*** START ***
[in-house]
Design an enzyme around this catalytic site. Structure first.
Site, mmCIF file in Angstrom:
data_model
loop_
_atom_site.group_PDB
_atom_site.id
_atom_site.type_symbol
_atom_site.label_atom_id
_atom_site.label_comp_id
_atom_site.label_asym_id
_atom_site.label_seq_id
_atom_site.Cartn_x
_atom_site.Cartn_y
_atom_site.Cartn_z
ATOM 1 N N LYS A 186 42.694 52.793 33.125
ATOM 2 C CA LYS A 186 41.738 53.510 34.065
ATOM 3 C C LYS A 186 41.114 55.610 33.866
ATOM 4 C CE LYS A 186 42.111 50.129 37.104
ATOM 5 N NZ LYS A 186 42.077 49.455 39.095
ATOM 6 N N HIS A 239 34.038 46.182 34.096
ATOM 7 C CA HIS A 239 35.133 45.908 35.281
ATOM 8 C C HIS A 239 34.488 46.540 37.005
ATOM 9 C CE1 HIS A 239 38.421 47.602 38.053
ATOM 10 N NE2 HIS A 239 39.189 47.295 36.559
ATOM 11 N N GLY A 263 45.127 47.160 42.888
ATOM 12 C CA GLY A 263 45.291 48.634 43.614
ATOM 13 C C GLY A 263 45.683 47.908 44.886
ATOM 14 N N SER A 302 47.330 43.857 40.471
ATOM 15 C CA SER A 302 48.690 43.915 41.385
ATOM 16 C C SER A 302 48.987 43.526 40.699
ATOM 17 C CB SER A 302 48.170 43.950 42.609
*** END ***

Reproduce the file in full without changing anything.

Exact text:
[in-house]
Design an enzyme around this catalytic site. Structure first.
Site, mmCIF file in Angstrom:
data_model
loop_
_atom_site.group_PDB
_atom_site.id
_atom_site.type_symbol
_atom_site.label_atom_id
_atom_site.label_comp_id
_atom_site.label_asym_id
_atom_site.label_seq_id
_atom_site.Cartn_x
_atom_site.Cartn_y
_atom_site.Cartn_z
ATOM 1 N N LYS A 186 42.694 52.793 33.125
ATOM 2 C CA LYS A 186 41.738 53.510 34.065
ATOM 3 C C LYS A 186 41.114 55.610 33.866
ATOM 4 C CE LYS A 186 42.111 50.129 37.104
ATOM 5 N NZ LYS A 186 42.077 49.455 39.095
ATOM 6 N N HIS A 239 34.038 46.182 34.096
ATOM 7 C CA HIS A 239 35.133 45.908 35.281
ATOM 8 C C HIS A 239 34.488 46.540 37.005
ATOM 9 C CE1 HIS A 239 38.421 47.602 38.053
ATOM 10 N NE2 HIS A 239 39.189 47.295 36.559
ATOM 11 N N GLY A 263 45.127 47.160 42.888
ATOM 12 C CA GLY A 263 45.291 48.634 43.614
ATOM 13 C C GLY A 263 45.683 47.908 44.886
ATOM 14 N N SER A 302 47.330 43.857 40.471
ATOM 15 C CA SER A 302 48.690 43.915 41.385
ATOM 16 C C SER A 302 48.987 43.526 40.699
ATOM 17 C CB SER A 302 48.170 43.950 42.609